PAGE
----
By the end of this post you will have a solid understanding of looping in Python and be able to write you own or understand it when you read it in someone else's code.
Topics covered in this post:
for loop in Python is used to iterate over a sequence, think of this as the same as
foreach function in other programming languages, for loop in Python executes a set of statements for each item in a sequence e.g list, tuple, dictionary, set, string, range.
''' Output: Hi Bob Hi Jennifer Hi David ''' students = ["Bob", "Jennifer", "David"] for stu in students: print("Hi", stu)
range() function generates a sequence of numbers, for example,
range(10) will generate numbers from 0 to 9.
We can be more specific and specify the start, stop and step size:
range(start, stop, step) the step defaults to 1 if not given.
''' calling range directly acts in a lazy fashion and will only remember the start and stop numbers, you need to cast to something like a list. ''' range(10) # output: range(0, 10) ''' calling list function on the range will print out the desired result set. ''' list(range(10)) # output: [0, 1, 2, 3, 4, 5, 6, 7, 8, 9] ''' with the range function, you can change where the count begins, in the example below, we are starting the count from 3, the default is 0. ''' list(range(3, 6)) # output: [3, 4, 5] ''' we can also decide to step over the list of number by using something other than 1, in the example below we use 2 as the step number. ''' list(range(3, 12, 2)) # output: [3, 5, 7, 9, 11]
Just printing list of numbers as in the example above might be enough for what you want, but in most cases it will not be all you want to do, so for that reason you can also use for loop with the range function.
# Ouput: 0,2,4,6,8,10 for x in range(6): print(x*2) # Output: 4,5,6 for x in range(3, 6): print(x+1) # Output: 3,5,7,9,11 for x in range(3, 12, 2): print(x)
Nested looping is when you run a loop within a loop, this is useful for when you want to pass through a list and then for each item in list you want to perform additional action.
For example, you could read a file line by line and for each line you want to count how many times the word "and" was found. The outter loop will read the line and the inner loop will count the occurrences of the word "and".
In Python, nested loops are written as:
''' output: * * * * * * * * * * * * * * * ''' for i in range(1, 6): for j in range(i): print("*", end=' ') print()
The example above is a really good example of a nested loop in action, it actually has a lot packed into it, so be sure to spend sometime to understand and be able to follow the execution before you proceed.
First we have a
range(1, 5) and then in the inner loop we create different ranges starting with
range(2) up to
range(5) and each time we print
"*" with a blank space to the right of it hence
end=' ' every time we finish a roll we call the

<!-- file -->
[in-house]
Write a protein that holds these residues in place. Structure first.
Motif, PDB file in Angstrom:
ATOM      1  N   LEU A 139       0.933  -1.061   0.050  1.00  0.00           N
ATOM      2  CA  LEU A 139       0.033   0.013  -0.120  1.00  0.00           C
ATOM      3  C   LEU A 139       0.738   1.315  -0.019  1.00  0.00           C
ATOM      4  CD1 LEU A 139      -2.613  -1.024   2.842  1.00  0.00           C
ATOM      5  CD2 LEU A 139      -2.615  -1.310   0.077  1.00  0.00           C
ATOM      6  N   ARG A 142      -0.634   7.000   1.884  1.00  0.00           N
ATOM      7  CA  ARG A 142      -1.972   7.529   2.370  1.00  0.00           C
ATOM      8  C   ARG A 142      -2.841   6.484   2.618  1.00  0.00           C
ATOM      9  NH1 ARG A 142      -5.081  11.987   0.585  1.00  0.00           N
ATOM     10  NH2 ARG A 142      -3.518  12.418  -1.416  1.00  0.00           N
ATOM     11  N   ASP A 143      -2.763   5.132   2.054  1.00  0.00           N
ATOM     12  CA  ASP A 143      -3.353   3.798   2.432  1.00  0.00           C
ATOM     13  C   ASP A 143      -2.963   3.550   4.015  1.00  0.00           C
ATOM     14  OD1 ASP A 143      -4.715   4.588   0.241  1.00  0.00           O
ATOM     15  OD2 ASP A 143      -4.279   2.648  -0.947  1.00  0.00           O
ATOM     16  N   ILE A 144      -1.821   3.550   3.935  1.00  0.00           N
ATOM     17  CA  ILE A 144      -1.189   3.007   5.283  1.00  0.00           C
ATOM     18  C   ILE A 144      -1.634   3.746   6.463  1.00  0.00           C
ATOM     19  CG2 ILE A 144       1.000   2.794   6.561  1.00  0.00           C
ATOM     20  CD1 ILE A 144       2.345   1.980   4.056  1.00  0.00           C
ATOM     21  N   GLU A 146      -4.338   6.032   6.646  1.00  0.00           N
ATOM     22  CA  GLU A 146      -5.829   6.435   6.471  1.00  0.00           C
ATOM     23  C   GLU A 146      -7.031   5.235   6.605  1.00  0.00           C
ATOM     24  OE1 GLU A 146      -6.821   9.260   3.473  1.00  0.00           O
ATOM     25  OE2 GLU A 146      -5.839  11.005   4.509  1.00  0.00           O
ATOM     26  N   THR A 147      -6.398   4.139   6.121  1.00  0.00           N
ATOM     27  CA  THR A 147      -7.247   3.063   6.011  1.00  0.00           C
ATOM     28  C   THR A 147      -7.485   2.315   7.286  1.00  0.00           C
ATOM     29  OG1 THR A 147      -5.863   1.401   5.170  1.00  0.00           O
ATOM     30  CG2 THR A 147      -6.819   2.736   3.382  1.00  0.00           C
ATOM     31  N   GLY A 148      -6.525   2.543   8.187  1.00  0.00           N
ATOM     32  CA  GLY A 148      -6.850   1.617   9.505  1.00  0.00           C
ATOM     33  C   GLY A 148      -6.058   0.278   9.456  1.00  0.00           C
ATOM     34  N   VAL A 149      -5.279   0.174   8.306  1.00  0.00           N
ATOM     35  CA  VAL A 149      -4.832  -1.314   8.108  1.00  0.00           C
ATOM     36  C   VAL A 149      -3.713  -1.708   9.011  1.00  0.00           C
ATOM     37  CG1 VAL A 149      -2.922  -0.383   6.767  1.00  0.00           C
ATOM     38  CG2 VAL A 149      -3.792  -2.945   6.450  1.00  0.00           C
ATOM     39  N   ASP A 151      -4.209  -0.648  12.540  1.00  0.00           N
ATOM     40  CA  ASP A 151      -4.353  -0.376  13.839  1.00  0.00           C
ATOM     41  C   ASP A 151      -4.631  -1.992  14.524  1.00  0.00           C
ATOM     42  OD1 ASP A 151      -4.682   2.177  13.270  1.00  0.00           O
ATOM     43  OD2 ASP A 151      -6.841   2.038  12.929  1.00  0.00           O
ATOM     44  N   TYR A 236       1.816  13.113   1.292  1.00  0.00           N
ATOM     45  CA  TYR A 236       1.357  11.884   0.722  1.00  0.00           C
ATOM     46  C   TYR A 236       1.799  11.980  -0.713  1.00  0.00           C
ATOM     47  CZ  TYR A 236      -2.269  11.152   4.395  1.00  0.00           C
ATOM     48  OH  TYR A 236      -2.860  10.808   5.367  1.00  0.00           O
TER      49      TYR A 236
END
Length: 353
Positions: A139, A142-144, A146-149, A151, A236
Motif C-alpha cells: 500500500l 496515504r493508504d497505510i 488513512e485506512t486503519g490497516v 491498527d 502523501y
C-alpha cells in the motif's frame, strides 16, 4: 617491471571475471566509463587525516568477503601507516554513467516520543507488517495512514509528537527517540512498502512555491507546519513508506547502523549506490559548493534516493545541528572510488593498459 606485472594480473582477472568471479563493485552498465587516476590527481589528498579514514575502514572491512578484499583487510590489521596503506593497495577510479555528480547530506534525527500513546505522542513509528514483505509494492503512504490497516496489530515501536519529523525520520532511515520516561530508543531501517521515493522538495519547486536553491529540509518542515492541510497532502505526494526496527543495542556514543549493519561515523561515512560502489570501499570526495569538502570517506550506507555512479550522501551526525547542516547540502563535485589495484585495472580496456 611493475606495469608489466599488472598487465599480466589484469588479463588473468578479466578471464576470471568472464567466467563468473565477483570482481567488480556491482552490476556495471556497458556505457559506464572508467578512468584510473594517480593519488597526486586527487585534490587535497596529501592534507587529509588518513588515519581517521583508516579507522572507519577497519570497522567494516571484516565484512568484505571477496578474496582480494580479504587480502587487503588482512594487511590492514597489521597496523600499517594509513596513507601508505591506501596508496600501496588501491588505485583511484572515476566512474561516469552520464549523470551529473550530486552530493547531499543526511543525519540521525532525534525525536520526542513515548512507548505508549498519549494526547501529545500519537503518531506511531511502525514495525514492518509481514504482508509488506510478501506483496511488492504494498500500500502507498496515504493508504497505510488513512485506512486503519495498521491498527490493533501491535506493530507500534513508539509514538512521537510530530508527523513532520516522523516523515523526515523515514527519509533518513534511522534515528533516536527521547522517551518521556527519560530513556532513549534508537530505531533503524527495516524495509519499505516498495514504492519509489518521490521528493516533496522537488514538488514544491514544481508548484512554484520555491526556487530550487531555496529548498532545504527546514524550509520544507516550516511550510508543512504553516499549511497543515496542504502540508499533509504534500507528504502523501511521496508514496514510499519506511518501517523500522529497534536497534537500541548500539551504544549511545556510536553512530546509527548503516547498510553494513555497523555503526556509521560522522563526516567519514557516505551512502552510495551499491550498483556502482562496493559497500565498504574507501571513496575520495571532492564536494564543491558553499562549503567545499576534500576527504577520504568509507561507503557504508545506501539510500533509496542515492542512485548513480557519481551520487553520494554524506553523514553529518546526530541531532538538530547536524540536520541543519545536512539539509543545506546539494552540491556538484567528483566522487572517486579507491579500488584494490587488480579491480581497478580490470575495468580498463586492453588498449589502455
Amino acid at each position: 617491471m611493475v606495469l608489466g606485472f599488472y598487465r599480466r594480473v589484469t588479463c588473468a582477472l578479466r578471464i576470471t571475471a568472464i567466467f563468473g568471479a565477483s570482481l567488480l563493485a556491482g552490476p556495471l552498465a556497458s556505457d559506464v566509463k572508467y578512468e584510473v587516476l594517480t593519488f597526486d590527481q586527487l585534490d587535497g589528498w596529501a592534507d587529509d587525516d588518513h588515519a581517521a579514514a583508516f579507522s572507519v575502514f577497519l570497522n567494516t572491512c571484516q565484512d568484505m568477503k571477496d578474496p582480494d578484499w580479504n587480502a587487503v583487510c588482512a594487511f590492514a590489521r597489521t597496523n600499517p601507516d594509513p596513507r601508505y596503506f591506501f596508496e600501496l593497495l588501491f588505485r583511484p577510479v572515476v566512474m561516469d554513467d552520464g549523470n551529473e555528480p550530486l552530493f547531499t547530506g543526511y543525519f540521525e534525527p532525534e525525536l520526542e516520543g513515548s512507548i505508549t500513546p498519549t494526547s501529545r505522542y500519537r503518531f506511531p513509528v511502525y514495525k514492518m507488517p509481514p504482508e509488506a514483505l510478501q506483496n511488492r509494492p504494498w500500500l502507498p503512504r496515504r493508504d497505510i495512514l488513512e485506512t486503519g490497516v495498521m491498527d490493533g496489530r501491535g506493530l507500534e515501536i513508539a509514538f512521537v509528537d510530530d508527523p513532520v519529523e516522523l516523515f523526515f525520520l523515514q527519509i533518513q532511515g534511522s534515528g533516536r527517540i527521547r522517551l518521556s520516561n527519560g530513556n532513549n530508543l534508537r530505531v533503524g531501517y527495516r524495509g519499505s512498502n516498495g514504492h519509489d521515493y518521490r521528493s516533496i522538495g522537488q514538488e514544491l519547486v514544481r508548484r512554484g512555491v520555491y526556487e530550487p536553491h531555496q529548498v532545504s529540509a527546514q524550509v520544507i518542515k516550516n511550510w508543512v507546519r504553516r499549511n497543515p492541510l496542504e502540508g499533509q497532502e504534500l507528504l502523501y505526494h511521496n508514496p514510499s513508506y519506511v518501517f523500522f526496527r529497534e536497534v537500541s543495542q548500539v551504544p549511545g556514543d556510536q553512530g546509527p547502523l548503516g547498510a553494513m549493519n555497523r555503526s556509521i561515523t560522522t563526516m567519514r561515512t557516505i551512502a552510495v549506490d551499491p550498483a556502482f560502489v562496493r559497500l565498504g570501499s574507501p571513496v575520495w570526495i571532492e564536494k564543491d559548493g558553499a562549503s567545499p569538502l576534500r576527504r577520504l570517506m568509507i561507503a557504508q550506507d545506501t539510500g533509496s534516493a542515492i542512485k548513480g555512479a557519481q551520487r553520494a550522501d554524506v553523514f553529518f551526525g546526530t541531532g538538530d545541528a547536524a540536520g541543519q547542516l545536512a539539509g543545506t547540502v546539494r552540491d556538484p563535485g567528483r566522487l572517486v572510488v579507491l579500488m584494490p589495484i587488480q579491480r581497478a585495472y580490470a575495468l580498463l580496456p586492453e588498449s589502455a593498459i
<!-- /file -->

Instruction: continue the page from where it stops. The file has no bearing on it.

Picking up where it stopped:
print() to make sure we move down to the next line and start all over again.
Think of the outer loop as the rows and the inner loop and the columns.
The while loop is used to repeat a section of code an unknown number of times until a specific condition is met.
As long as the condition is not met, while loop will carry on executing.
''' This will print the numbers 1 through to 10 ''' i = 1 while i < 10: print(i) i += 1
The while loop above will continue until i < 10 is no longer true, while loop would require a way to exit otherwise it will run indefinitely, imagine running the code below, it will run forever because there is no way for i to increment and therefore i < 10 will will always be true.
# runs forever, use ctrl + c to terminate if you are using terminal i = 1 while i < 10: print(i)
Python's break statement will terminate the loop, in a while loop this will be terminated even if the condition is still
True. If the break statement is inside a nested loop, the break statement will terminate the innermost loop.
Let's see some example of this.
''' break statement in a while loop This starts with 1 and checks each time if the incrementing value is up to 3 then it terminates. output: 1 2 3 ''' i = 1 while i < 10: print(i) if i == 3: break i += 1 ''' break statement in a for loop This is similar to the one above except that we are applying a break before printing, so this will terminate earlier output: 1 2 ''' for i in range(1, 10): if(i==3): break print(i) ''' break statement in a nested loop the inner loop is terminated but the outer loop caries on. output: * * * * * ''' for i in range(1, 6): for j in range(i): if(j==1): break print("*", end=' ') print()
The continue statement is used as a way to end the current iteration in a for loop or a while loop, and continues/skip to the next iteration.
Let's see an example of this:
''' This will skip 3 and continue iterating output: 1 2 4 5 ''' i = 0 while i < 5: i += 1 if i == 3: continue print(i)
We have looked at the two types of loops in Python while loop and for in loop, spend as much time as needed to understand how they both work, when to use them and just play around with them until you feel comfortable with your loops.
Also revise on the range function, remember that range(10) would print(0 to 9) and you could manually change the start and step count etc
Hope learnt a lot from this post, please do share it so others can learn from it too.
My name is Kingsley Ijomah, I am the founder of CODEHANCE, an online education platform built with you in mind, a place where I express my gratitude to a skill ( coding ) which has changed my life completely.